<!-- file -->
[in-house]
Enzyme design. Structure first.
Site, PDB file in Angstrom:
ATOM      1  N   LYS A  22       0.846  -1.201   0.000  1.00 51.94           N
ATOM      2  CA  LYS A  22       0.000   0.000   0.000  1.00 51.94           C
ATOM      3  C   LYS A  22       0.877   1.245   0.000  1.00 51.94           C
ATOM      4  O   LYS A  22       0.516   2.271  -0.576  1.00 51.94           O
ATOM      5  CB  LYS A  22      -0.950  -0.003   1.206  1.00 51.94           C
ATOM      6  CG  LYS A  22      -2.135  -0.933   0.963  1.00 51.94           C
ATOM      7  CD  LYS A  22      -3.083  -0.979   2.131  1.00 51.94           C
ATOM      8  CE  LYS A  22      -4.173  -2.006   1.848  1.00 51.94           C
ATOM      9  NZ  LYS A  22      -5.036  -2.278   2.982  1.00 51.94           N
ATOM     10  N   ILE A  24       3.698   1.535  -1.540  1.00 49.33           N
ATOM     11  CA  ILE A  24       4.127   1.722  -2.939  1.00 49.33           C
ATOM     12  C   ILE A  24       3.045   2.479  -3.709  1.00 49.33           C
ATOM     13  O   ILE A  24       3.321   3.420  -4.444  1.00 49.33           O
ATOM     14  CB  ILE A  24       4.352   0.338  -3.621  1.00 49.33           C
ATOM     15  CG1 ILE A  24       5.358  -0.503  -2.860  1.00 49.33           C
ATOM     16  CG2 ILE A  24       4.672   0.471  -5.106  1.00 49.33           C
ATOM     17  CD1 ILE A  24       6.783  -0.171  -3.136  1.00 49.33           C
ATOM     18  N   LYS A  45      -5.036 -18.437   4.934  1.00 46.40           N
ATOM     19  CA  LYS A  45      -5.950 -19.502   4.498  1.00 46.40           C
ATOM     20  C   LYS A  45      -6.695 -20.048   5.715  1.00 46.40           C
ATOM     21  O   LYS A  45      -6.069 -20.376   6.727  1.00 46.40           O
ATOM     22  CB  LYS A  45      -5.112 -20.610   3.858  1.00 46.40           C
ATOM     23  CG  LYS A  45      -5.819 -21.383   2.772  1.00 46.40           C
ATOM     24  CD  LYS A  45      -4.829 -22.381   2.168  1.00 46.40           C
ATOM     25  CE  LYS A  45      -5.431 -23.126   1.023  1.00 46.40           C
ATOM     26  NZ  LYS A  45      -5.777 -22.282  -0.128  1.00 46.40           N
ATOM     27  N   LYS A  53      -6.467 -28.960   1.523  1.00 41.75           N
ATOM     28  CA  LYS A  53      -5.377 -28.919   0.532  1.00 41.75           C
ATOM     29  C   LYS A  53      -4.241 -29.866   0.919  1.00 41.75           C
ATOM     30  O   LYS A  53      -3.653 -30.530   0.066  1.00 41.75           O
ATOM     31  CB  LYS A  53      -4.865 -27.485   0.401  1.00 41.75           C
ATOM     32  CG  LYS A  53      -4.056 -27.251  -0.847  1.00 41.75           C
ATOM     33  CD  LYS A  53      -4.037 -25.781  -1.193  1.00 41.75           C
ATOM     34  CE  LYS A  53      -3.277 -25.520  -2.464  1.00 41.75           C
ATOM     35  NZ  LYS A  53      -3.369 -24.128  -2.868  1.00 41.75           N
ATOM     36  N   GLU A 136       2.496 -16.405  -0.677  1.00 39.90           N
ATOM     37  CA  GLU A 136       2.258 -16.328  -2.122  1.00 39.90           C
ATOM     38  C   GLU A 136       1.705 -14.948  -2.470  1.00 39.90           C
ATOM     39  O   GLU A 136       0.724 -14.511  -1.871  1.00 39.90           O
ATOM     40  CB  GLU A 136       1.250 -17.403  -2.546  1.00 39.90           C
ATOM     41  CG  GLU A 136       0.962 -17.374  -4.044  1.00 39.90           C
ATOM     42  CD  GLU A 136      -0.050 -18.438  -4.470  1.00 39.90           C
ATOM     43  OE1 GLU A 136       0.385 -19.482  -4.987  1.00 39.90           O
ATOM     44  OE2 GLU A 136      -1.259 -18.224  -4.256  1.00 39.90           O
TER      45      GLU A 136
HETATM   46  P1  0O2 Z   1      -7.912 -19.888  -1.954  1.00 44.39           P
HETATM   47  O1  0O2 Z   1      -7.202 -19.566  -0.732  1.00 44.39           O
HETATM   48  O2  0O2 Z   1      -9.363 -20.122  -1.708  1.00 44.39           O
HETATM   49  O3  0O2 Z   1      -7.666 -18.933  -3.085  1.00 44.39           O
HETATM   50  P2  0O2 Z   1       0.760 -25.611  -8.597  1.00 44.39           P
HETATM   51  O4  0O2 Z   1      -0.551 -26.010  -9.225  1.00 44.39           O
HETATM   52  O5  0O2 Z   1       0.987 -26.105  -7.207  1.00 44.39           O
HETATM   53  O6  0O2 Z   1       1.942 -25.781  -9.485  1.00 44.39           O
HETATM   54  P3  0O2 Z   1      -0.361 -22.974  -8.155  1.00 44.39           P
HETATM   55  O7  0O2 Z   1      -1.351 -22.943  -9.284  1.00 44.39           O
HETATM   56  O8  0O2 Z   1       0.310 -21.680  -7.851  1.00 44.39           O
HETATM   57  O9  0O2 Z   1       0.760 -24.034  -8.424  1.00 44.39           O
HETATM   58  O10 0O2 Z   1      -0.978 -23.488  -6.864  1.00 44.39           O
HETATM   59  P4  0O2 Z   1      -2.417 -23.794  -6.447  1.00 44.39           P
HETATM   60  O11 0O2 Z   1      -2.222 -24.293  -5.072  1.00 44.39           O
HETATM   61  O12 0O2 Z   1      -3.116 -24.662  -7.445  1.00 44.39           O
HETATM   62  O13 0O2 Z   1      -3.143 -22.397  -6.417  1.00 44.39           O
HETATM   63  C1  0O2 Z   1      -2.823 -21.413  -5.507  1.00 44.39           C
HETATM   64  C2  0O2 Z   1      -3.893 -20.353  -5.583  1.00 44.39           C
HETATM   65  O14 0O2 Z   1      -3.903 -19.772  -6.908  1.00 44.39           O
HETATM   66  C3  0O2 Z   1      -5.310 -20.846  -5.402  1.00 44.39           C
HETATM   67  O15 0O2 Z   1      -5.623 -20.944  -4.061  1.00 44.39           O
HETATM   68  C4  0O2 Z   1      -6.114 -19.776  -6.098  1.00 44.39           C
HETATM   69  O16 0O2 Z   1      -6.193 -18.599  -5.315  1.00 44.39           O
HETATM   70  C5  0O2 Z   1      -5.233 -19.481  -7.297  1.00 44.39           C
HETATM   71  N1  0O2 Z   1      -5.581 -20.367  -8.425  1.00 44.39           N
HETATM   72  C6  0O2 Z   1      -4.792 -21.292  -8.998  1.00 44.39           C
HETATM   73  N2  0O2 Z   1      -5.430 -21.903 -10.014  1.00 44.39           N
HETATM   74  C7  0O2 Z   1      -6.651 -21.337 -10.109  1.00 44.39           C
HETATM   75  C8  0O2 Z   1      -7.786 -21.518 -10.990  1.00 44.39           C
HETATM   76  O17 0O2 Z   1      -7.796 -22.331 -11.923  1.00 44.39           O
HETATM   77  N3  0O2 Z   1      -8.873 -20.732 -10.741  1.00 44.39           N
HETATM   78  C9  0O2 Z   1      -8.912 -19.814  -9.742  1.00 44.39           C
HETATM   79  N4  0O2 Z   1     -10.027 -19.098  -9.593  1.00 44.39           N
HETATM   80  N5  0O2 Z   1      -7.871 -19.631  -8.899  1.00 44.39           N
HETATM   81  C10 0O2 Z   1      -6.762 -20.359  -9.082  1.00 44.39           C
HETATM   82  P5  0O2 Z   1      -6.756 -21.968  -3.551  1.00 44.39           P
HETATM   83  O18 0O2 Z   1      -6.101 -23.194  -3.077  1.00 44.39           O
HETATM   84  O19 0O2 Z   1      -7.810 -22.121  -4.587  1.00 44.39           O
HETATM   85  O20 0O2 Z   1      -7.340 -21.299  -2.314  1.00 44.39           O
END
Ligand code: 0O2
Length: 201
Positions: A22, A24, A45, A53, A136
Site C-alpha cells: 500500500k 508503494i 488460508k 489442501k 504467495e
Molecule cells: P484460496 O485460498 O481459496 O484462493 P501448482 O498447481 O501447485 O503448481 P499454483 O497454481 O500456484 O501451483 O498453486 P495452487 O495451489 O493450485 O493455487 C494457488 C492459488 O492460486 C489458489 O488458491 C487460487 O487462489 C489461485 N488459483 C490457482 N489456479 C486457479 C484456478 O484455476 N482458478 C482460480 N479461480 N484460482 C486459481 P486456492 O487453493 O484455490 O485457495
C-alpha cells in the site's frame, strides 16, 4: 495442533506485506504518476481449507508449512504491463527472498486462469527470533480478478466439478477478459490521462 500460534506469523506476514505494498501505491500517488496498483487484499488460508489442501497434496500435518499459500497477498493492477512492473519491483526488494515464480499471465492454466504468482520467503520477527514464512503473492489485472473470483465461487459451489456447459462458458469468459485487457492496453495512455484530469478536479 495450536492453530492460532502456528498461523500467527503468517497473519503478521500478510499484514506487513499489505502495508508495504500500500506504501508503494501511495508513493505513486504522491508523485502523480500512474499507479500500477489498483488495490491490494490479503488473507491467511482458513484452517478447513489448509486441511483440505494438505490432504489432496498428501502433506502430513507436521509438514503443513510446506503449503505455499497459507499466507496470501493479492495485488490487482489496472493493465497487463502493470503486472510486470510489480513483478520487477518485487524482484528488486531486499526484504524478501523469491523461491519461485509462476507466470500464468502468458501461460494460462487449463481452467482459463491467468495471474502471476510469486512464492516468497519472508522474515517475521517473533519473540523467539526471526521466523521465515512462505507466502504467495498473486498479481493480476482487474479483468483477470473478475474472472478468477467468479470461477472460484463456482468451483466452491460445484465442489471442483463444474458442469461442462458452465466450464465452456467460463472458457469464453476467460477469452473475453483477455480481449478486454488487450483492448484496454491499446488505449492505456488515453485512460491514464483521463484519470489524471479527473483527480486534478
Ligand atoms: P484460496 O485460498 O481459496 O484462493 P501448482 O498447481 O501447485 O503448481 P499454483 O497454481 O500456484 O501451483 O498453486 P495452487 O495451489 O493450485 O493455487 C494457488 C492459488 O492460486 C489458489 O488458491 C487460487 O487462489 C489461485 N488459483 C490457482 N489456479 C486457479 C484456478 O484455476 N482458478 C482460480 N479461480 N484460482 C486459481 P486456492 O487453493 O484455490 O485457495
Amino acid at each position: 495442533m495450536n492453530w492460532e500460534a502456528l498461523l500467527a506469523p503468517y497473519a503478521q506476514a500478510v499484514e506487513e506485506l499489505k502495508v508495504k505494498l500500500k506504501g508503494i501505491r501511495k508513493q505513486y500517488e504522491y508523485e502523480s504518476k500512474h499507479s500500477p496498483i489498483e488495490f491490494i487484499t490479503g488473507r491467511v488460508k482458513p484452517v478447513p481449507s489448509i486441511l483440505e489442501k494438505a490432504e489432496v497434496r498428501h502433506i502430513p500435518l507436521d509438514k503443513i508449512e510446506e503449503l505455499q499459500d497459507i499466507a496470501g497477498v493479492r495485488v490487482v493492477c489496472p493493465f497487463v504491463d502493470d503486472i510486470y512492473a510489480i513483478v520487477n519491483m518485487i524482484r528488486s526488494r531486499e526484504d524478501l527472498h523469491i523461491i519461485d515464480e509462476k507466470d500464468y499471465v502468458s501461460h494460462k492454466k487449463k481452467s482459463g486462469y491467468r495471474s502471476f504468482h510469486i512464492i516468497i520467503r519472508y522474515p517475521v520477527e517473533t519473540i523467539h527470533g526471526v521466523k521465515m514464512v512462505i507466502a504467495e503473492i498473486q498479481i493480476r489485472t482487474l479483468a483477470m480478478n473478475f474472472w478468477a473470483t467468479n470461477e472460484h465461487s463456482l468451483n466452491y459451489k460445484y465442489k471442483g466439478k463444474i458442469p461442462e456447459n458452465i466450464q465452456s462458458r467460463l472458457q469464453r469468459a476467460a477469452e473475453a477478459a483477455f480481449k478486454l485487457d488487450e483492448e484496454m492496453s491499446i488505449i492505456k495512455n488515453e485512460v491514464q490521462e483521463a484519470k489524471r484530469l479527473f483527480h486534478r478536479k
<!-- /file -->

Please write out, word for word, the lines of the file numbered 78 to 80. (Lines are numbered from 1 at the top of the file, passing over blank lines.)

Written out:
HETATM   75  C8  0O2 Z   1      -7.786 -21.518 -10.990  1.00 44.39           C
HETATM   76  O17 0O2 Z   1      -7.796 -22.331 -11.923  1.00 44.39           O
HETATM   77  N3  0O2 Z   1      -8.873 -20.732 -10.741  1.00 44.39           N